Review: LETTIE at Victory Garden Theater

Review: LETTIE at Victory Garden Theater

Pictured (l-r): Charin Alvarez and Caroline Neff. Photo by Liz Lauren.

By Elizabeth Ellis

Some people are born lucky, and reap the benefits of advantages, like an intact family and financial security, from the very beginning of their existence through the rest of their lives. Others, despite working hard to overcome multiple strikes against them, cannot seem to catch a break, and find themselves stuck in a cycle of poverty, dead-end jobs, drug use, and recidivism. Such is the case with Lettie, the protagonist in Boo Killebrew’s haunting and affecting tale of movement towards redemption at Victory Gardens Theater. Directed with unflinching honesty by Chay Yew, LETTIE feels like a new story, but the elements present as fresh and familiar to anyone who faces the monumental and unfamiliar task of making good life choices.

Lettie (the raw and edgy Caroline Neff) has recently been released from Chicago’s Logan Correctional Center after serving a seven-year sentence for drug offenses. Her first step toward re-entering society brings her to Spring House, a halfway house for ex-convicts, where she starts a tentative friendship with convicted murderer Minnie (the touching and funny Charin Alvarez). Minnie cautions Lettie that despite her best efforts, turning over a new leaf will be nowhere as easy as it appears.

Lettie engages in a tense reunion with her sister Carla (the powerful yet vulnerable Kirsten Fitzgerald). Aside from sharing a family connection, Lettie and Carla are complete opposites, with Carla having a stable home life and a job at an IHOP. Lettie gave temporary guardianship of her two now-teenaged children, River and Layla (Matt Farabee and Krystal Ortiz, both pitch-perfect teens), to Carla and her husband Frank (the nuanced Ryan Kitley), who cannot have children of their own. With gritty determination, Lettie affirms to Carla that she is going to turn her life around for good. She’s enrolled in a job training program to learn to be a welder, and desperately wants to find a home of her own so she can finally be a mother to her children. This declaration rattles Carla to her core — though she has probably known at some level that this day would eventually come, she and her husband have happily treated Layla and River as their own children.

Lettie’s attempts to improve her circumstances do not follow a direct route — she does not fulfill the welder coursework and practical applications, and without structure, falls into aimlessness. As Lettie tries to create her life, she discovers that she has no marketable skills, no real education, and no clue how to operate outside of the constraints of a total institution. She also feels the negative effect of her return in her family’s life. Frank resents that Lettie, with her criminal background, can receive free job training, while his job may be in jeopardy. Carla, who has wanted children so desperately, fights to maintain her status quo as a mother. Layla and River don’t know how to handle this person, insinuating herself into their lives, who they barely know and remember. In the strained final tableau,the family, seated around a Thanksgiving meal, sadly engage in stilted, holiday-appropriate discussion, demonstrating how easy it is to fall into old patterns rather than take the chance to move forward and make better, healthier choices.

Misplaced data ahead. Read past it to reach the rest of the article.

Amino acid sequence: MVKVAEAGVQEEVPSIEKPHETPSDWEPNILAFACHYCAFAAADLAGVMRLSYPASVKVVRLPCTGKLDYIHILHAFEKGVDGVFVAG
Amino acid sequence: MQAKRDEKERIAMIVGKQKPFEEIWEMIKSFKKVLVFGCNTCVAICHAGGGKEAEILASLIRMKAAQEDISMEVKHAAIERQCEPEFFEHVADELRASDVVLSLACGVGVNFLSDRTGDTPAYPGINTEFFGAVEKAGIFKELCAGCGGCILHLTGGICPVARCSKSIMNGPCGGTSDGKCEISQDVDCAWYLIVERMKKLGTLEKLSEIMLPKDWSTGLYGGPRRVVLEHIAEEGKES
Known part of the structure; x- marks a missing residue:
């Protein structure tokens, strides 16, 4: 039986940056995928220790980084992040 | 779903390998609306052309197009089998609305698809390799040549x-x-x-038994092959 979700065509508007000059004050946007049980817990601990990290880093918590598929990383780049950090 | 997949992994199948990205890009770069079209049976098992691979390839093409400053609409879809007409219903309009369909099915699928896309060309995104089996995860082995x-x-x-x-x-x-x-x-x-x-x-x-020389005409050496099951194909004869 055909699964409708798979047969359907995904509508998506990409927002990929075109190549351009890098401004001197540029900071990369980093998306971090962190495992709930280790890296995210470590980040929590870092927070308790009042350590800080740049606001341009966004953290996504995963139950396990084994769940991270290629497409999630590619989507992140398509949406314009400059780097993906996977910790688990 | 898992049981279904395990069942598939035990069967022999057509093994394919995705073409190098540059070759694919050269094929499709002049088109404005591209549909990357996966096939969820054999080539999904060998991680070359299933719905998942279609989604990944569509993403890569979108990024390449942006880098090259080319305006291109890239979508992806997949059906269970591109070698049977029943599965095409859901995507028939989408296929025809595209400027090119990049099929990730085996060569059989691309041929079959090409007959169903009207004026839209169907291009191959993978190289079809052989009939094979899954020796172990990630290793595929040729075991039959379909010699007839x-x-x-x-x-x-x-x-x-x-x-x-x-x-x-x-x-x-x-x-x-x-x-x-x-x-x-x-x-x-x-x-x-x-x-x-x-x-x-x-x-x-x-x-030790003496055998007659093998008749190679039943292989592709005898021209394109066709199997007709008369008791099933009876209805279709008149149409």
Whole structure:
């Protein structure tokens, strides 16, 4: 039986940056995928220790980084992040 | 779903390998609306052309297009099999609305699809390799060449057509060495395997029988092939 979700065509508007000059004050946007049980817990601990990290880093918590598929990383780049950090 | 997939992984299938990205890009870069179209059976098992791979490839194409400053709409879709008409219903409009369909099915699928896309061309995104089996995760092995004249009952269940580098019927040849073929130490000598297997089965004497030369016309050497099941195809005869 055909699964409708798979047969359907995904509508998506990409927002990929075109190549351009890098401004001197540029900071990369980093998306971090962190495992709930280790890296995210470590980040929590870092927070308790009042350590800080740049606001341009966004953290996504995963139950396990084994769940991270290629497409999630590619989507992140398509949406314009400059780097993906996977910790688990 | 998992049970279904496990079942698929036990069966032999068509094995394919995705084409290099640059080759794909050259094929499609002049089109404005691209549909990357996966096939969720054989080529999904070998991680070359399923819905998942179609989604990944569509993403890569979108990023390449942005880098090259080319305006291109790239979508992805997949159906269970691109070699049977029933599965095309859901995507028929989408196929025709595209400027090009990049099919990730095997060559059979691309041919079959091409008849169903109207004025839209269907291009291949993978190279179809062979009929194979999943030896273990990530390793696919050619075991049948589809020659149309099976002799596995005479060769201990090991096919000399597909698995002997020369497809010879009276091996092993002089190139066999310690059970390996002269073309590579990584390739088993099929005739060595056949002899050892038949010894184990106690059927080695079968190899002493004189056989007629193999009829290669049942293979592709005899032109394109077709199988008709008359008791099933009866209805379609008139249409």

Through a simple application of heavy black eyeliner, pulled back curls, and dull clothing, Caroline Neff personifies the lost woman to whom life has dealt many hard, cruel blows. She pivots masterfully between tough and posturing, hopeful and curious, and dissolving into tears. Her heartbreaking performance anchors the play. Kirsten Fitzgerald’s Carla has the initial pleasant appearance of your favorite server, which belies her steely determination to keep River and Layla’s lives stable. Frank, a casual racist and limited thinker, could easily become a one-dimensional character, but in Ryan Kitley’s capable hands, he easily alternates between annoying and sympathetic. Matt Farabee’s excellent River is every moody teenage boy who aspires for a career in music, and Krystal Ortiz brings sweet enthusiasm to her sunny Layla. Charin Alvarez adds just a touch of menace to her rough yet hopeful Minnie, rendering her absolutely authentic.

Chay Yew keeps the dialogue overlapping and truthful, and allows the silences to contribute as much to the story as the actors do. Boo Killebrew’s play does not offer much promise for Lettie’s future, and gradually reveals instance after instance (teen pregnancy, drug use, unstable relationships) that contribute to Lettie’s consistent challenges. Andrew Boyce’s drab brick set, paired with Stephan Mazurek’s bleak but gorgeous projections of Chicago streets and homes, creates a harsh yet beautiful backdrop where both struggles and successes are found.

LETTIE isn’t a piece where you feel uplifted at the end of the show, but that wistful feeling contributes to the play’s truthfulness. The wonderfully honest performances from the cast and Neff’s achingly heartfelt portrayal make this a show that will invite many discussions about how to bring those living on the edge to lives of harmony and success.

LETTIE runs through May 6th. For more information visit

About author

Elizabeth Ellis

Elizabeth is an actor, playwright, musician, and a graduate of De Paul University. She studied theatre and improvisation at the Second City Training Center, the Actors’ Center, and at the Royal National Theatre Studio in London. Elizabeth has performed with the Chicago Symphony Orchestra, Tympanic Theatre, Congo Square Theatre, Second City's Children's Theatre, Stage Left Theatre, Bailiwick Arts Center, and London's Canal Cafe Theatre. Six of her plays have been chosen as part of the Abbie Hoffman and the Around the Coyote festivals.

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